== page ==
An abridged history of pop culture's reliance on a treacly, centuries-old metaphor
There are, in fact, diamonds in the sky. In 1981, for example, Smithsonian researchers wrecked their sawtooth blades when they tried to cut through an iron meteorite and hit a deposit of what was then the hardest material known to man. And last year, scientists found what they believe to be a planet made entirely of diamonds, 4,000 light years away from our own.
But the "diamonds in the sky" that Rihanna sings about on her brand-new single "Diamonds" belong to a more earthly category: the cliche. Sky-affixed diamonds have been showing up in songs for centuries now, evolving from what once was a metaphorical description for stars—which themselves are a hack's symbolic standby—into an evocative but empty phrase all its own. In the term's history, it's been subverted and stretched, giving rise to some excellent, enduring work. But Rihanna's recycling of the trope for the chorus ("Shine bright tonight / you and I / we're beautiful / like diamonds in the sky") of the first single off her as-of-yet-untitled seventh album is a prime example of pop's ability to coast on dead poetry into eternity.
If my few minutes of brain-wracking and Googling are right (feel free to correct me here!), the metaphor's big artistic debut came with "The Star," the 1806 nursery rhyme by sisters Ann and Jane Taylor, set to an old French melody. Maybe you've heard it? "Twinkle twinkle, little star / How I wonder what you are / Up above the world so high / Like a diamond in the sky..."
John Lennon, inspired by a little girl's drawing—and not by LSD (maybe)—seized on the surreality of the phrase for "Lucy in the Sky With Diamonds." Hearing the song, it doesn't sound like diamonds are standing in for stars. They're something weirder and more intense, like kaleidescope eyes or marmalade skies.
Kanye West's 2005 hit "Diamonds From Sierra Leone" provided a masterclass in making cliche new. He questioned rap's historical obsession with gems as conspicuous-consumption end-all while also using them as an rallying cry: "Throw your diamonds in the sky if you feel the vibe." Whenever concertgoers oblige by raising up Jay-Z's diamond-shaped hand signal, it feels aspirational: In a chorus's length, a stadium of stars are born.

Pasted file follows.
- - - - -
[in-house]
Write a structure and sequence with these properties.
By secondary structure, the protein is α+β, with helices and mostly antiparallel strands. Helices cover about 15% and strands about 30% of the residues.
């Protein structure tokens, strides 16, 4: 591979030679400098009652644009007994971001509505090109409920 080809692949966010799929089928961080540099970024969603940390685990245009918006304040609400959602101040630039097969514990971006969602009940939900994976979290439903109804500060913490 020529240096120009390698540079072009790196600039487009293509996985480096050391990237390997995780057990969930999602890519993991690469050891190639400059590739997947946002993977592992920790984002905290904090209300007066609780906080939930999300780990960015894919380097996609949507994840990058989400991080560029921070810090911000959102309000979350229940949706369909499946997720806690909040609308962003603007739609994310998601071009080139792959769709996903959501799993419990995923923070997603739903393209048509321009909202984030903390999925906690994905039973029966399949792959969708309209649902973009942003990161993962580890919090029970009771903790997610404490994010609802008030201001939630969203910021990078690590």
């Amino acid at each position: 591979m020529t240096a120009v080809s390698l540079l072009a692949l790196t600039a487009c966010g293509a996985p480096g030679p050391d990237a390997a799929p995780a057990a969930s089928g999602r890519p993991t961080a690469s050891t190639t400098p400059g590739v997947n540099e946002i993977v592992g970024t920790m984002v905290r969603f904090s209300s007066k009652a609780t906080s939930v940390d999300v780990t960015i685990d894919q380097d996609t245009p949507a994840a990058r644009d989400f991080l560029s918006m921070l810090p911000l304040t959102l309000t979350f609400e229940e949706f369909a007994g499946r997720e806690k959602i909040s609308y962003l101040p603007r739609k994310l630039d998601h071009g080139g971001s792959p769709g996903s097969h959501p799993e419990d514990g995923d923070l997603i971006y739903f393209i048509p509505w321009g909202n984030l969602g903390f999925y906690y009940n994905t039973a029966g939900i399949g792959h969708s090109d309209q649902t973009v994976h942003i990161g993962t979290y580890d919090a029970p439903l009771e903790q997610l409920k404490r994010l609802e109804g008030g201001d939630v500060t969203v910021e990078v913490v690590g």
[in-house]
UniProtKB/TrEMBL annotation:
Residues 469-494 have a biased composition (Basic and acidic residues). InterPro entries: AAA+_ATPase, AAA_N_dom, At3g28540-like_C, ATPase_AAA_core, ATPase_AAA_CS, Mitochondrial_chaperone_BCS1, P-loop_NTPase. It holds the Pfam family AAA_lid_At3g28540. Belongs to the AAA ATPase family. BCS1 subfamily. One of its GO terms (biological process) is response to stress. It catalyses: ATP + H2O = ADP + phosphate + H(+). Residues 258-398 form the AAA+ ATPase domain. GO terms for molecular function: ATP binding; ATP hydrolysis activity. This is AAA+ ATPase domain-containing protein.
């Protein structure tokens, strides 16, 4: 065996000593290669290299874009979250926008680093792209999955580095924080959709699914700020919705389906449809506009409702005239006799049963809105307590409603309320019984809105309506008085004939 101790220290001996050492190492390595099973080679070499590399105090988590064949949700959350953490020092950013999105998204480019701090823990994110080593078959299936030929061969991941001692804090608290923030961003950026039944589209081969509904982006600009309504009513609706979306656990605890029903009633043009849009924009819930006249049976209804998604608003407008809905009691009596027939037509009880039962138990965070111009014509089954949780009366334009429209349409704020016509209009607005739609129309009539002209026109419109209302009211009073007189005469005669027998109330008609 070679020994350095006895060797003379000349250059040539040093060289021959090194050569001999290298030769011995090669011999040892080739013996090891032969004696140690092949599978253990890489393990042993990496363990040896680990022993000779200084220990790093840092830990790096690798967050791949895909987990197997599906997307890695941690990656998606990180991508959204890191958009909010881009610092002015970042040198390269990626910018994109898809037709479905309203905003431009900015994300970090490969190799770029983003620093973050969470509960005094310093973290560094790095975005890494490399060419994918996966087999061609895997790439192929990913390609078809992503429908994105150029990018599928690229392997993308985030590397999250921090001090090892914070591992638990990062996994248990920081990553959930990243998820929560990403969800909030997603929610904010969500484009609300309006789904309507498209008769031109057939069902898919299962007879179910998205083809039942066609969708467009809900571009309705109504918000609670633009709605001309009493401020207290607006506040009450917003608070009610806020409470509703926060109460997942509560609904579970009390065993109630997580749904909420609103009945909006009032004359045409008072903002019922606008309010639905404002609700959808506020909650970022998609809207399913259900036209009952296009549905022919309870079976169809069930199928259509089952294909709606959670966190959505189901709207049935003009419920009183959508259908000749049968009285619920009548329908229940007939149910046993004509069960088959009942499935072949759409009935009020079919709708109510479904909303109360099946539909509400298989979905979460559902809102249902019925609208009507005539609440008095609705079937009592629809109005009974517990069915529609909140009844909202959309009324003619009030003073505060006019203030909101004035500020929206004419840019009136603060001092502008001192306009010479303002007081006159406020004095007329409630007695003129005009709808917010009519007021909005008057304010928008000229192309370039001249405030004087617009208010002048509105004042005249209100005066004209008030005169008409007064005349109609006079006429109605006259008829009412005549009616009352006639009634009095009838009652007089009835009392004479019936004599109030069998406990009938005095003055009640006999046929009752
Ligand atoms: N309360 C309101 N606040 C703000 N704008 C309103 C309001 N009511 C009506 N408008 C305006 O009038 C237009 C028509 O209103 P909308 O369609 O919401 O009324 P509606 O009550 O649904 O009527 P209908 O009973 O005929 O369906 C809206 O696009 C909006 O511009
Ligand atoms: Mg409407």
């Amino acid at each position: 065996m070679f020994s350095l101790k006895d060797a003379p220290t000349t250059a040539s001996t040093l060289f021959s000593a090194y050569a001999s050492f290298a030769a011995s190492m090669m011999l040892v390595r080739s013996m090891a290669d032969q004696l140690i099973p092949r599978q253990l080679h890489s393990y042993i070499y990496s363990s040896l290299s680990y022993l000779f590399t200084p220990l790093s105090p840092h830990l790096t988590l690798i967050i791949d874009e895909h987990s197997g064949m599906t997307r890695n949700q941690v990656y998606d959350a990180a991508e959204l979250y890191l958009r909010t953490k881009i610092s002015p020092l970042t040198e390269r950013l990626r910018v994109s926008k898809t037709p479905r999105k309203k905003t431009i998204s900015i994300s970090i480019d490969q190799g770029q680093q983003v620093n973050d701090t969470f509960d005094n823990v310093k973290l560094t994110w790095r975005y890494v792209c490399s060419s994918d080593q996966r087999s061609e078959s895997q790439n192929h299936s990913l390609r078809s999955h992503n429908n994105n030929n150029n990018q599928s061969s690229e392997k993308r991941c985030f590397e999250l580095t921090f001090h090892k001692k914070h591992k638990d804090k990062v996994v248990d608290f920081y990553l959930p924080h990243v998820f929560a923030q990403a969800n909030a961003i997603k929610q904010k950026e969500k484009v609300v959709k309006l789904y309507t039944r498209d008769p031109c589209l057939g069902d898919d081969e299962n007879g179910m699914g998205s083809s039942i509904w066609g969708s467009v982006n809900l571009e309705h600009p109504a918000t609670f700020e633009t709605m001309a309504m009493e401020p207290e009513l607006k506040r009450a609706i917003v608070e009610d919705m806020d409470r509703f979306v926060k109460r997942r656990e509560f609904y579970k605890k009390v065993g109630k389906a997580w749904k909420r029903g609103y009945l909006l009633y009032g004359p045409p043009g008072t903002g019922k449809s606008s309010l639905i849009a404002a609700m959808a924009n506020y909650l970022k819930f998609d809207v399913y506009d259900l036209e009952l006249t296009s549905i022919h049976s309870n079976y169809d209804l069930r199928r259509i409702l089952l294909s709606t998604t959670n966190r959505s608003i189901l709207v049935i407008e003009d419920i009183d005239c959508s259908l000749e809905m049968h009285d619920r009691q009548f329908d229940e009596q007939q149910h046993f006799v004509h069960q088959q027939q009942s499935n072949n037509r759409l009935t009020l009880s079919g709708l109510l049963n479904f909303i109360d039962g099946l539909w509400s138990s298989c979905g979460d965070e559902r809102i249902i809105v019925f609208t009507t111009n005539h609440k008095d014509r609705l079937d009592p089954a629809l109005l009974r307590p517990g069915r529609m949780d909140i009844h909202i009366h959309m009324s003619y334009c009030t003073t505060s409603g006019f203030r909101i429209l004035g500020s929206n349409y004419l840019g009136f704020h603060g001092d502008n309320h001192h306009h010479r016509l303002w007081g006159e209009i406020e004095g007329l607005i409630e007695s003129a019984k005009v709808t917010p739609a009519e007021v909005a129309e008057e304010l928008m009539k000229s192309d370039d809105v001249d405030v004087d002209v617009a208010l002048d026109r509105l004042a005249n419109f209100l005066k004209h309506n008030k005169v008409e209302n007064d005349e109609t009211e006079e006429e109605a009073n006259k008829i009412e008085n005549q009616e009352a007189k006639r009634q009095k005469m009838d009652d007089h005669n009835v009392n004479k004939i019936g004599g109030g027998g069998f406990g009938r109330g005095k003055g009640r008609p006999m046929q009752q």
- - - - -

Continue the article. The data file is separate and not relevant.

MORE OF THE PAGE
Rihanna, though, is up to nothing so clever as Lennon or West on "Diamonds." Which, sure, isn't that much of a surprise: She and the songwriting machine behind her have never existed for lyrical innovation. Still, a lot of Rihanna's hits have still had some speck of writerly color in them, whether in the trying-very-hard bondage themes of "S&M" or in the new-cliche-minting chorus of "Umbrella." Even the laconic head rush of "We Found Love," her last No. 1. single, described its "diamonds in the sky" as "yellow."
Here, though, she's just equating a romance to something sparkly, eternal, and visible. The headline moment is when she says she now "choose[s] to be happy." Sure, fine, that's nice. As far as pop ballads go, "Diamonds" stands as another achievement in catchiness for songwriters StarGate, Sia, and Benny Blanco: After one listen, the rat-tat-tat subchorus of "shine-BRIGHT-like-a-DI-MUND" will be on loop in your head even if you have no other recollection of what the song sounds like. In an ideal world, its blandness would bury the diamond-in-the-sky pop metaphor, but the truth is that a symbol like this—as with fireworks, hearts, and guns—is, uh, forever.
We want to hear what you think about this article. Submit a letter to the editor or write to firstname.lastname@example.org.